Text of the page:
To Gouge Or Not To Gouge?

Reason checks in on the New York area gasoline shortage:

Like Perry and Zwolinkski, Matt Yglesias advocates price gouging:

[W]hen it comes to things like gasoline and bottled water, neither the short-term nor the long-term supplies are genuinely fixed. Transportation routes into the area have been severely disrupted and many gas stations' supplies are hard to access due to power outages, but it's not impossible to transport this fuel from where it is into people's cars and generators. It's just much more annoying and difficult than usual. But the possibility of windfall profits is exactly the lure we need to get people to start making extraordinary efforts to get more fuel to the people who need it. There are things people will do to sell gasoline for $10 a gallon that they won't do to sell gasoline for $3.40 a gallon (note that in Norway this is what gas costs all the time) and that's what we need.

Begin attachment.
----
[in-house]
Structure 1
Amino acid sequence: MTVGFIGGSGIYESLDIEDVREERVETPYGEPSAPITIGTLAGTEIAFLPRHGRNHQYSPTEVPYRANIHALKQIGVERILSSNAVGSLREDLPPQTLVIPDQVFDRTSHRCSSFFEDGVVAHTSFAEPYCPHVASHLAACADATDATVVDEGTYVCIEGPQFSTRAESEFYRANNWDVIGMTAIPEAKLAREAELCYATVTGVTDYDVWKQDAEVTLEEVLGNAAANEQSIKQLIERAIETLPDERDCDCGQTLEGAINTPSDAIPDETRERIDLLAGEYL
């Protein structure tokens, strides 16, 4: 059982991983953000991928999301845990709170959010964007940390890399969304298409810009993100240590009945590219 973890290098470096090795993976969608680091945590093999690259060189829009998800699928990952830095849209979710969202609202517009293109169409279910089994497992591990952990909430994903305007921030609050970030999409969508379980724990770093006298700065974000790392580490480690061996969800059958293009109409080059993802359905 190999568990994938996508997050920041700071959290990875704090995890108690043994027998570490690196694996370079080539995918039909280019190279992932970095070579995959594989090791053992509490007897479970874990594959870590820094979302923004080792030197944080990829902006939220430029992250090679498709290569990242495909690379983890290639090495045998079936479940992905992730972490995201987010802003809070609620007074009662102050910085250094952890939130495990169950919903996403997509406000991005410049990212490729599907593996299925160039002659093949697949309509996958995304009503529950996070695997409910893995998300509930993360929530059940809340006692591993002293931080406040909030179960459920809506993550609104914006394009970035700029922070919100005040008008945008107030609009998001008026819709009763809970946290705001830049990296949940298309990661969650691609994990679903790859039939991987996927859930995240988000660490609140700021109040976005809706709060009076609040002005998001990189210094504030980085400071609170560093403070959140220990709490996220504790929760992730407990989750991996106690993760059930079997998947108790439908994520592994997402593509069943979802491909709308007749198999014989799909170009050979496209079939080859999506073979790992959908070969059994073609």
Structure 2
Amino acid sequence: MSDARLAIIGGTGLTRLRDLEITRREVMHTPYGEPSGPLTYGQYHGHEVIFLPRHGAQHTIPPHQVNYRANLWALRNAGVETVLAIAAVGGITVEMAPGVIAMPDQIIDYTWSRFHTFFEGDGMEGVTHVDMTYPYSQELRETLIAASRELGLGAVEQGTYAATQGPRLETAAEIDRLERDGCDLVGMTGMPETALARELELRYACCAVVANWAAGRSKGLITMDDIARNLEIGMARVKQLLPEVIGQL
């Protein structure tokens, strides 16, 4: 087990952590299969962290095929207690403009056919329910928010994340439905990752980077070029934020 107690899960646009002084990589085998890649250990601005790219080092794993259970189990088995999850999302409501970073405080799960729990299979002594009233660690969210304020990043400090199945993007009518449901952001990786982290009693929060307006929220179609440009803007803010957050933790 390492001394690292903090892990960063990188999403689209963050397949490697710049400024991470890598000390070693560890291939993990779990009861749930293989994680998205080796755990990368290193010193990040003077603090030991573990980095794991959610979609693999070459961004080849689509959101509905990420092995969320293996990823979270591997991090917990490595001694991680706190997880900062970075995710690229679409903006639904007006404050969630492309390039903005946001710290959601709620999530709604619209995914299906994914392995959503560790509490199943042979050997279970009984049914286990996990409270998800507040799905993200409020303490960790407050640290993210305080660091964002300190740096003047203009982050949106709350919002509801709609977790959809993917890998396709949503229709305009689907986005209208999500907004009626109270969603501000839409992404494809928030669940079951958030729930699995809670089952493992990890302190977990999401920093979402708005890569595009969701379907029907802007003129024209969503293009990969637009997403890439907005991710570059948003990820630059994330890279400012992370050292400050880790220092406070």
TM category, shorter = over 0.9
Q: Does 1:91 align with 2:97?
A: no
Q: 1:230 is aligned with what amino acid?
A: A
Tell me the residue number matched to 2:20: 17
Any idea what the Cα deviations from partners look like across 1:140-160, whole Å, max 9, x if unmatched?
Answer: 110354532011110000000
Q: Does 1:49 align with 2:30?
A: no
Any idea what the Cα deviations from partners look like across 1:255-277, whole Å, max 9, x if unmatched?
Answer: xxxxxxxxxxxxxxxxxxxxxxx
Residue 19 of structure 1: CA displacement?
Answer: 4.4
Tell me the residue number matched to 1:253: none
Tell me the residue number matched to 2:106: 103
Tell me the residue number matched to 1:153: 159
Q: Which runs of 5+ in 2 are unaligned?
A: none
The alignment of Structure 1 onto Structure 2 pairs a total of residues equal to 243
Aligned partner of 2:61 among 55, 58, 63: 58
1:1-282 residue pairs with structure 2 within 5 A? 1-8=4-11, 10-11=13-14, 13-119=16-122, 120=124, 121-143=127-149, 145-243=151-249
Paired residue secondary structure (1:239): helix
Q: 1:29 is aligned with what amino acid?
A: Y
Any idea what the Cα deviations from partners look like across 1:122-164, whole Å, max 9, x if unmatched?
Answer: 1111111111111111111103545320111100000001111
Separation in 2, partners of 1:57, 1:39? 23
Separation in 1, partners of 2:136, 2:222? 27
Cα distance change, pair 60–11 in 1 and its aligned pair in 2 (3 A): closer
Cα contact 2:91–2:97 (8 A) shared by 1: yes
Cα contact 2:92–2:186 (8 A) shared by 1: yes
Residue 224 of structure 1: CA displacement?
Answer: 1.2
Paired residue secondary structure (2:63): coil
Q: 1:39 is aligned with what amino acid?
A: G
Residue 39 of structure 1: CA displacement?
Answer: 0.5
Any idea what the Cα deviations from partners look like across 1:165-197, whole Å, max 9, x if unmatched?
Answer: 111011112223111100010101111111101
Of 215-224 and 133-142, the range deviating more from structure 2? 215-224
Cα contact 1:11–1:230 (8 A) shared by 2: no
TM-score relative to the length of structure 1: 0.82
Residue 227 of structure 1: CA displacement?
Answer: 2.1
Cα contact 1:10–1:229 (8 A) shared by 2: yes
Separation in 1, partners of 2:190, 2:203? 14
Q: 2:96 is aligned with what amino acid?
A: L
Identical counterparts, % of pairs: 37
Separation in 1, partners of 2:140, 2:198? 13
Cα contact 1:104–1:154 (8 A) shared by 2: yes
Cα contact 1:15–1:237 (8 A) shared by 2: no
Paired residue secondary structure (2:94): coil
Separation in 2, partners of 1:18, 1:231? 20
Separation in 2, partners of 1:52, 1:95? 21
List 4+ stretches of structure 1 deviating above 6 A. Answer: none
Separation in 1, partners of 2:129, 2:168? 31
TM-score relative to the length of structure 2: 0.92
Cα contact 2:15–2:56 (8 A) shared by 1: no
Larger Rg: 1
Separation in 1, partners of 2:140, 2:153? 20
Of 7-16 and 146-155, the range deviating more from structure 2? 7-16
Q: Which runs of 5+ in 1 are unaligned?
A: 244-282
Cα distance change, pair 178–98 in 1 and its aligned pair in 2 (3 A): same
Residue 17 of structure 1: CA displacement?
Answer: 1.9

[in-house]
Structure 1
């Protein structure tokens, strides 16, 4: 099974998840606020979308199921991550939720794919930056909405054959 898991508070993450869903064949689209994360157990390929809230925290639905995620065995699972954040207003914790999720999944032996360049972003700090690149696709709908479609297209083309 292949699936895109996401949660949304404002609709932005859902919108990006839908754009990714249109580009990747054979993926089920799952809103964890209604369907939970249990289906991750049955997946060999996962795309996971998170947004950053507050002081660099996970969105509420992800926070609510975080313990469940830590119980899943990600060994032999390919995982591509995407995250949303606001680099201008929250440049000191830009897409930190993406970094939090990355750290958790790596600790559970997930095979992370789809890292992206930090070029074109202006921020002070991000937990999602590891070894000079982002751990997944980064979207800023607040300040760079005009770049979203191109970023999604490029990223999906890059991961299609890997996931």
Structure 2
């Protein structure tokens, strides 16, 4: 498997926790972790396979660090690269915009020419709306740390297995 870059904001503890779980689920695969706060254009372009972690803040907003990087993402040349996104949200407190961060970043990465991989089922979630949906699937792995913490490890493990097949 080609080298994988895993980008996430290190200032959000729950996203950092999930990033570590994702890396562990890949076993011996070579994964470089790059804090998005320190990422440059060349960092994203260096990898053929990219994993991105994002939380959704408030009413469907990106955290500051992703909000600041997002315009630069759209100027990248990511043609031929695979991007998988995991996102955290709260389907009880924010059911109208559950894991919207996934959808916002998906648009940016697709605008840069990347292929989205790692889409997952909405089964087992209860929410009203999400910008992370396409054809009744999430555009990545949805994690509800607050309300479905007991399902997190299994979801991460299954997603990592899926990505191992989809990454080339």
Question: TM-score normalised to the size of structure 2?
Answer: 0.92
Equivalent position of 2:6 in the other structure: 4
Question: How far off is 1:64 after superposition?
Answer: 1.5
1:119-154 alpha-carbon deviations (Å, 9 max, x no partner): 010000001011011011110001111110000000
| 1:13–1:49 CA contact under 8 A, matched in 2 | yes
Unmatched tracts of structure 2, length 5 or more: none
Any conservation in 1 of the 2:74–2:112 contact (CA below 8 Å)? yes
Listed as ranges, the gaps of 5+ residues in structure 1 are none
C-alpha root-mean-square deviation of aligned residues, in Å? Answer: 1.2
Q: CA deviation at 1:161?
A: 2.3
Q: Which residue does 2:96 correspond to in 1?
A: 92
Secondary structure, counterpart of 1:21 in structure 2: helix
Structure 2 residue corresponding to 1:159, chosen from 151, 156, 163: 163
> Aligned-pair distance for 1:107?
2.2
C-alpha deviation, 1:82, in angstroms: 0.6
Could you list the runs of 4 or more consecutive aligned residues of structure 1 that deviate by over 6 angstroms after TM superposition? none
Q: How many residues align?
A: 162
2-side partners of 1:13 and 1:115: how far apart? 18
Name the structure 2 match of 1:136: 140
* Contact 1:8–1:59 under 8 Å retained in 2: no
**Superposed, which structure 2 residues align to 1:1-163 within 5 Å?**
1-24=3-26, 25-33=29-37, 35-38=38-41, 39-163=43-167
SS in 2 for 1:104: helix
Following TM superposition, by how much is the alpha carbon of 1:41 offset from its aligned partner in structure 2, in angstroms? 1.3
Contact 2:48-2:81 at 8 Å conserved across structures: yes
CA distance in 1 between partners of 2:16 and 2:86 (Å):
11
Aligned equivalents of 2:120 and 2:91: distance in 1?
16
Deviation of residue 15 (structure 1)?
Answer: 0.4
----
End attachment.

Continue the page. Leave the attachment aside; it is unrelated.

He follows up here. Alec Liu disagrees with Matt:

[T]rying to milk victims of a natural disaster in need is an asshole move. Which undermines the sense of togetherness we need during times of human tragedy. Trying to make a few extra bucks off your neighbor kills the good vibes we’re all collectively trying to harness. There are also risks to planting the seeds of ill will during a crisis. The art of price gouging is by no means scientific. A wily businessman could have great success raising prices 300 percent. Another entrepreneur in another neighborhood might incite a riot with an increase of only 30 percent. Who knows?